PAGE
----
Too Many Openings & Too Few Techs—A Crisis With No End in Sight

Too Many Openings & Too Few Techs—A Crisis With No End in Sight

When I interview shop owners or managers all over North America for various articles, they usually end up asking me the same question.

“I need a new technician; do you know anybody good?”

After an awkward pause they often say, “Someone with a pulse?”

From New York City to Los Angeles and everywhere in between, the collision repair industry has too many openings and too few people to fill them. It’s all about supply and demand, and tech schools are enrolling more and more students, but it’s still a matter of “too little, too late.”

A recent study conducted by TechForce Foundation quantifies the growing seriousness of the body technician supply shortage. A non-profit organization whose goal is to get more young people interested in careers in auto repair, TechForce has a steep hill to climb as trade schools close or reduce class sizes.

The growing gap between postsecondary graduate numbers and job openings in mechanical and collision repair is hitting the panic stage, according to the TechForce Foundation’s Transportation Technician Supply Report.

Based on the comprehensive analysis performed by the National Center for Education Statistics with 2011-2016 data, TechForce discovered that the postsecondary supply of new body technicians entering the field has not kept up with the expanding demand.

The schools are trying to fill the void, but it is growing at a rapid rate. This shortage has been getting worse for the past 15 years, but hit its all-time low in 2013, as the gap between the supply and the demand has continued to grow every year.

New technicians breaking into the industry are filling the growth in new positions, as well as replacing those who retire or exit the profession primarily through retirement. They are distinguished from seasoned body technicians who move between employers but don’t add to the overall trained workforce. It's like a bad drought that isn't being helped after some heavy rainfall because the need is increasing and many technicians are reaching the retirement stage.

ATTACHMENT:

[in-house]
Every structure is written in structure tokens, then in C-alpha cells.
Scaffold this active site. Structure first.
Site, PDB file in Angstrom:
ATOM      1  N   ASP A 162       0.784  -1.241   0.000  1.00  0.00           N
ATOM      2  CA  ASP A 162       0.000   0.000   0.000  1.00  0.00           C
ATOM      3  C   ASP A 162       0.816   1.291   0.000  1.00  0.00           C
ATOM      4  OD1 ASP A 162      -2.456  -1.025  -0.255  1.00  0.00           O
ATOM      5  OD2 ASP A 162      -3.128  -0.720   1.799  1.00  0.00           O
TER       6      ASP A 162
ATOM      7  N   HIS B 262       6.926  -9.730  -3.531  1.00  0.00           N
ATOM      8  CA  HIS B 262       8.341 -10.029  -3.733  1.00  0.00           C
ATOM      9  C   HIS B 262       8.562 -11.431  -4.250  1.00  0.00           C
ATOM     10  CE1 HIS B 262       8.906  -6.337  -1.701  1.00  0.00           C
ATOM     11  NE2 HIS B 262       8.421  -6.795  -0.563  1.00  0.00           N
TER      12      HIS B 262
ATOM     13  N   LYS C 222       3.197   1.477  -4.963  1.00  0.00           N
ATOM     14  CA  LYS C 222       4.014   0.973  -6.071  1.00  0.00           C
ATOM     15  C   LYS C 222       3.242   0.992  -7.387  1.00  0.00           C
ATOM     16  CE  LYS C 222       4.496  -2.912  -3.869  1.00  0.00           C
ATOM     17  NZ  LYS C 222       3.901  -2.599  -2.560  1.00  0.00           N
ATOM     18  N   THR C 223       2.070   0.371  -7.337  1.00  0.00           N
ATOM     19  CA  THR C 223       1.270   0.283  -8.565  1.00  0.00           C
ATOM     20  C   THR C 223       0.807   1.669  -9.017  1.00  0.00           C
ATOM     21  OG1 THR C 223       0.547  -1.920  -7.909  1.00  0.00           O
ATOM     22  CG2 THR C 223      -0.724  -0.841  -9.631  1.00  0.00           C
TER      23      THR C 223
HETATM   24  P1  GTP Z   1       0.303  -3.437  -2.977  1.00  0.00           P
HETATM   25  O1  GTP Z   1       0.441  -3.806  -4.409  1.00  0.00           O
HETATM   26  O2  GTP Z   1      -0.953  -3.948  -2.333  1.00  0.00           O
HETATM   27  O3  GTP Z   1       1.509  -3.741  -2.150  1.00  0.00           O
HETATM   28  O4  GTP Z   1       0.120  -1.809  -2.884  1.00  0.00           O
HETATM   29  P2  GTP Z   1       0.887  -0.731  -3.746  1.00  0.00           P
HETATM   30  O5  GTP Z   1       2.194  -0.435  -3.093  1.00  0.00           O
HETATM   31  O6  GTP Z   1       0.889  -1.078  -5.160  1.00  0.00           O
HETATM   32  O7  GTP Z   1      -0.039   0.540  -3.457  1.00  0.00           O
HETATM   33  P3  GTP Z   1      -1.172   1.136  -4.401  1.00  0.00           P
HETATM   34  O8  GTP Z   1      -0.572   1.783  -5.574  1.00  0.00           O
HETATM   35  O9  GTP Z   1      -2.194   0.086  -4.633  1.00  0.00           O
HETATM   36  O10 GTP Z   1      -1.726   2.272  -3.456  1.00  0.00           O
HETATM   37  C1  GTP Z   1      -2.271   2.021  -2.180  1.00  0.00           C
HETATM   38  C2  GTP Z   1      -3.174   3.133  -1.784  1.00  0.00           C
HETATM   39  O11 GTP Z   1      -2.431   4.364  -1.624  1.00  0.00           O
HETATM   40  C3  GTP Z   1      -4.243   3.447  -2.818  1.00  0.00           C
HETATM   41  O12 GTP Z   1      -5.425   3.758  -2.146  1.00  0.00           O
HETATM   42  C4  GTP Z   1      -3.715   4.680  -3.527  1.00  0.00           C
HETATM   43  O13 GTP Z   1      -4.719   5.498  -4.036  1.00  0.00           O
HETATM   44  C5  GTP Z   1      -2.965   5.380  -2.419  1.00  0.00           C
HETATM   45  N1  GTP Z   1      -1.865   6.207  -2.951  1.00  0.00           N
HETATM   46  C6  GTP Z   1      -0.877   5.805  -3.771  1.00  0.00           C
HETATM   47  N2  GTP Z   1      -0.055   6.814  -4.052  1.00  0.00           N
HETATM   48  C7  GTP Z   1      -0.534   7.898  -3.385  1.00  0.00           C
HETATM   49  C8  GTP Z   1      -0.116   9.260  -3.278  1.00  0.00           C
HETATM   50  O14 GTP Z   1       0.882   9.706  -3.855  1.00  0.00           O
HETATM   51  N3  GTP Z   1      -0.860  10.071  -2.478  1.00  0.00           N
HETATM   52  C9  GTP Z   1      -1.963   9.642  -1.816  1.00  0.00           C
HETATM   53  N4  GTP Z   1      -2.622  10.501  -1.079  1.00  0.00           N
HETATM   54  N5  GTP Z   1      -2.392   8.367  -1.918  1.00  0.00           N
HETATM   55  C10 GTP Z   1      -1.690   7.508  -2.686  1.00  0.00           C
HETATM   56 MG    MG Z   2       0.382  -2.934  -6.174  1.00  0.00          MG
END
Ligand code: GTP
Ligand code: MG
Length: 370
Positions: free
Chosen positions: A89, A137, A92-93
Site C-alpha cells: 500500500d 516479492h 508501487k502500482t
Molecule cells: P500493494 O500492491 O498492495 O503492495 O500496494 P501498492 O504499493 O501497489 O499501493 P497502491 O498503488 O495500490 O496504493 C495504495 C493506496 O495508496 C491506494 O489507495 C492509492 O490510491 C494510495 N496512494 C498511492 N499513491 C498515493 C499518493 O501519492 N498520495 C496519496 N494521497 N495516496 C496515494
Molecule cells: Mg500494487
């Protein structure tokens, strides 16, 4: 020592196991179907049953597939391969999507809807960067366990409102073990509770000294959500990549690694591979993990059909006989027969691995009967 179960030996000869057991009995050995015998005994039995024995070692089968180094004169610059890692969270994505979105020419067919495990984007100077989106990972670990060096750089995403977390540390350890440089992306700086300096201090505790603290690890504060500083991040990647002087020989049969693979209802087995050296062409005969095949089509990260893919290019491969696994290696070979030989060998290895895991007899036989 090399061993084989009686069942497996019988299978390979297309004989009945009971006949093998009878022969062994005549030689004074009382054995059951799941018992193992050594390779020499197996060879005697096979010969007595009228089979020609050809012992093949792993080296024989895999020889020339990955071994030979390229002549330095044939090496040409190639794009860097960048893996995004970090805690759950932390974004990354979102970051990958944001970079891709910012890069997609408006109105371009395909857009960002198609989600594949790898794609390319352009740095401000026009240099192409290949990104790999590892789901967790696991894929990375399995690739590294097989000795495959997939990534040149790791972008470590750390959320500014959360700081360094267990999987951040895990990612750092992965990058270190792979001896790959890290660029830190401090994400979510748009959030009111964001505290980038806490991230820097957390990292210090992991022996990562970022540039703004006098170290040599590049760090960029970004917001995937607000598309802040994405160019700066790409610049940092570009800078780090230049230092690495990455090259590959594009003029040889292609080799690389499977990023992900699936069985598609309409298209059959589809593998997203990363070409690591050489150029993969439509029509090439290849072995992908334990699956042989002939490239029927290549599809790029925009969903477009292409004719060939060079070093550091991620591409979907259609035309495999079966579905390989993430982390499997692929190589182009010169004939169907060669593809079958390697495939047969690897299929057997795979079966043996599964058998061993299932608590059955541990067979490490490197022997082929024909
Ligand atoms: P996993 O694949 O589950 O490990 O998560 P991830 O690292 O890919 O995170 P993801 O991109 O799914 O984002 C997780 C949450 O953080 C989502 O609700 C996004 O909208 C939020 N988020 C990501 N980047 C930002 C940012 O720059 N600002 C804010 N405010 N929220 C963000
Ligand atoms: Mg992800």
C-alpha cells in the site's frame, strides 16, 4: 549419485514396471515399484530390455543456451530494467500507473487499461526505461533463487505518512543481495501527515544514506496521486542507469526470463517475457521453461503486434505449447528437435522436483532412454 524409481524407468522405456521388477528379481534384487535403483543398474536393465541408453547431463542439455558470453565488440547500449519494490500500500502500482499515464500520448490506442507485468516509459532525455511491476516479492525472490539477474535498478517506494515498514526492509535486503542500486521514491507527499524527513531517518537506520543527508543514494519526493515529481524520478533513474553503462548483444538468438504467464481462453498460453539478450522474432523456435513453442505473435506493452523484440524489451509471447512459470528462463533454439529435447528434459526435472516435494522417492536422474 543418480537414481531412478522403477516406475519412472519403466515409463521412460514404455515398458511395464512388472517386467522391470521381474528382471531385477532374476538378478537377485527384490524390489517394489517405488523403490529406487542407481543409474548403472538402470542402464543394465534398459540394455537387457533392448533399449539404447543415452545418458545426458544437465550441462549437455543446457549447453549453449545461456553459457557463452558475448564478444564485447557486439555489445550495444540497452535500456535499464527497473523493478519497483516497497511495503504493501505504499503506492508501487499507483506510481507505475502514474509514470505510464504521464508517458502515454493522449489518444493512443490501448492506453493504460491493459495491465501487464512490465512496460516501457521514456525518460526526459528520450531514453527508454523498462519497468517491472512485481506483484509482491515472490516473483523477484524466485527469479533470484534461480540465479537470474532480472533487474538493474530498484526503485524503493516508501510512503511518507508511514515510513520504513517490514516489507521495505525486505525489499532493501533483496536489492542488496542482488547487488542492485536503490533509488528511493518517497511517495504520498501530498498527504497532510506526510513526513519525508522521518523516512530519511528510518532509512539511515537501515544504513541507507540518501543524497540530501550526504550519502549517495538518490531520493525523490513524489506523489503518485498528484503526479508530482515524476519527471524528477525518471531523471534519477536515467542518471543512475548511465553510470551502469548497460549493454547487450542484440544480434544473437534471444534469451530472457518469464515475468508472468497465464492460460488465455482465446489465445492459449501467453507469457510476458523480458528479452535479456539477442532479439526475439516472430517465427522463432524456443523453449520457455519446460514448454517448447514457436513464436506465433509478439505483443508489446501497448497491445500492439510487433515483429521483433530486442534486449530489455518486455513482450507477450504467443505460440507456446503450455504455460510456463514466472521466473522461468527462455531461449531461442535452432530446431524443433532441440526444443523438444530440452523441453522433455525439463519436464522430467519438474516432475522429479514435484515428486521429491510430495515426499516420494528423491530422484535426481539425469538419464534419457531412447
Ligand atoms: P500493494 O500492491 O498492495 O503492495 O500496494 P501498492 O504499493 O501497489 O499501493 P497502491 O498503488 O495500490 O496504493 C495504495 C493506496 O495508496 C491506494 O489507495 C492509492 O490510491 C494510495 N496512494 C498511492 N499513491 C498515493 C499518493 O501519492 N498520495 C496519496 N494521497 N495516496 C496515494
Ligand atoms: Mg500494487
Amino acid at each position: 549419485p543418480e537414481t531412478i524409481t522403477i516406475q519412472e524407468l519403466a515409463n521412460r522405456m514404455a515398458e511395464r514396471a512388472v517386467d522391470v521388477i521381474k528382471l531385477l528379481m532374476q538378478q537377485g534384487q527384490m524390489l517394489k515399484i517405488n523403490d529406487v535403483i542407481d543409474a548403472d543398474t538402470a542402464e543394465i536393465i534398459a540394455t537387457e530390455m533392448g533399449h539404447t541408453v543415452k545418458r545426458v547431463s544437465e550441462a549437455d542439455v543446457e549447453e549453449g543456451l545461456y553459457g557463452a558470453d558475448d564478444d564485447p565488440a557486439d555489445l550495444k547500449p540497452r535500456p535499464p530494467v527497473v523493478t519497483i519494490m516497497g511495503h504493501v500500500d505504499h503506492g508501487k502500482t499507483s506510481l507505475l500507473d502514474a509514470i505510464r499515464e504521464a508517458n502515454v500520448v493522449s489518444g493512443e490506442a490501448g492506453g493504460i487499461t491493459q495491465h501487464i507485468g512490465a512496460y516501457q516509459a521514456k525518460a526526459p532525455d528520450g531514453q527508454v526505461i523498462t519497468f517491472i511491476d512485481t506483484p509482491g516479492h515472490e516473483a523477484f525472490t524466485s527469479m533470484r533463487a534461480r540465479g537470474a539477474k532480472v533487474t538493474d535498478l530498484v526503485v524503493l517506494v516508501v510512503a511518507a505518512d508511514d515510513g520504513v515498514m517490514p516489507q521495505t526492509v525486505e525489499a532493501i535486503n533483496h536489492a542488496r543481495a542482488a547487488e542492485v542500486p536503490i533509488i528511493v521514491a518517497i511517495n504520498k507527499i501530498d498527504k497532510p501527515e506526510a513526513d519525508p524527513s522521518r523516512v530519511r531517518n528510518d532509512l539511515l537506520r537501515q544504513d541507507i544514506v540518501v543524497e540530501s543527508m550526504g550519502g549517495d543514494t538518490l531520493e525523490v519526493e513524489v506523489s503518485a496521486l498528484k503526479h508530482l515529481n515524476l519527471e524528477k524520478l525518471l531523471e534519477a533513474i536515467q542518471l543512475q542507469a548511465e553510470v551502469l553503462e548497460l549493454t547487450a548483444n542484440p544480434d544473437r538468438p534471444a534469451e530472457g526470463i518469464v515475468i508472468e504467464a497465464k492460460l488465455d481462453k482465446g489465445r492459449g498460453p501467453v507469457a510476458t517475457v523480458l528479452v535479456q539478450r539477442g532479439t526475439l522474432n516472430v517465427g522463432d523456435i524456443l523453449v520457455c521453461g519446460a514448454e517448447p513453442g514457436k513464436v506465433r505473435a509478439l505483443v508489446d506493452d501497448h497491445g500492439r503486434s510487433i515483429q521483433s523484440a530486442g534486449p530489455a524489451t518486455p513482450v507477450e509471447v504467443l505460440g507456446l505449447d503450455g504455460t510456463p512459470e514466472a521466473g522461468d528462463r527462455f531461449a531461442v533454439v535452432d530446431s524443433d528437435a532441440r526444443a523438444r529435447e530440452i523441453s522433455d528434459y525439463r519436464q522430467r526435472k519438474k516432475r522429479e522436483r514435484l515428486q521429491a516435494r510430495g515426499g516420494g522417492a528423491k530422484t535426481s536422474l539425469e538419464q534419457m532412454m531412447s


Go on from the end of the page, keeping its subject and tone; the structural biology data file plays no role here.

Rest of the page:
The TechForce report reveals that auto tech postsecondary graduates have been declining in a big way since 2013.

The number of postsecondary auto graduates decreased by 1,829 in 2016. There were approximately 38,829 graduates for 2016 when compared to the projected Bureau of Labor Statistics demand for 75,900 new techs. Private-sector colleges have experienced the biggest decline while public two-year institutions (mostly community colleges) have stepped up their efforts and proactively increased their recruitment efforts.

So, what can be done to lighten the supply shortage and how long will it take to see some tangible results? Jennifer Maher, CEO/executive director of TechForce, recently said one of the main problems is that the auto tech education system in this country, has stigmatized trade-school education and killing the trades. Prospective students are still holding onto the outdated image of the greasy and sweaty mechanic because parents, instructors and counselors support the theory. Today’s new technicians are compensated well and possess skills that set them up for ongoing success but are burdened by more school debt than their four-year school counterparts. Maher and her foundation are currently creating programs and supporting more students interested in becoming collision repair technicians.

Greg Settle, TechForce’s director of National Initiatives, said that with only a small number of students interested in entering a skilled trade as opposed to seeking a college degree, the competition among all the skilled trades for those graduating students is fierce.

Body repair technicians can make a very solid, middle-class income, but not initially. Five-year collision body techs are pulling down great salaries and commissions, but starting wages are among some of the lowest. This heavily influences what young men and women will focus on when considering a career decision. Add to that the fact that entry-level auto techs are expected to take on their first job with their own tools, and it does not make these careers very attractive when compared to other choices, according to Settle.

In conclusion, without some form of specifically focused collective action, the transportation industry will continue to suffer from insufficiently financed and seriously fragmented efforts to solve this dilemma, Maher explained. A solution requires pooling resources and consistent public messaging, she said, in order to change the perceptions about the industry and construct a talent pipeline for tomorrow's mechanical and collision repair technicians.

It's going to be an enormous undertaking, but unless organizations such as the TechForce Foundation dedicate themselves to solve the root causes of the problems in this industry, the shortage of qualified people will continue to hamstring the industry in many ways.

In the 1950s, there was a shortage of engineers in the U.S. In the 1960s, the country didn't have enough teachers, and in the 2000s, there was a serious need for computer programmers. Those gaps were filled by promoting those careers and getting more young people into the fold. If auto repair programs and tech schools can learn from history and get more people into shops as mechanics and body technicians, one of the industry's major dilemmas will happily go away, and all of us will benefit as a result.

Ed Attanasio

Ed Attanasio is an automotive journalist and Autobody News columnist based in San Francisco.

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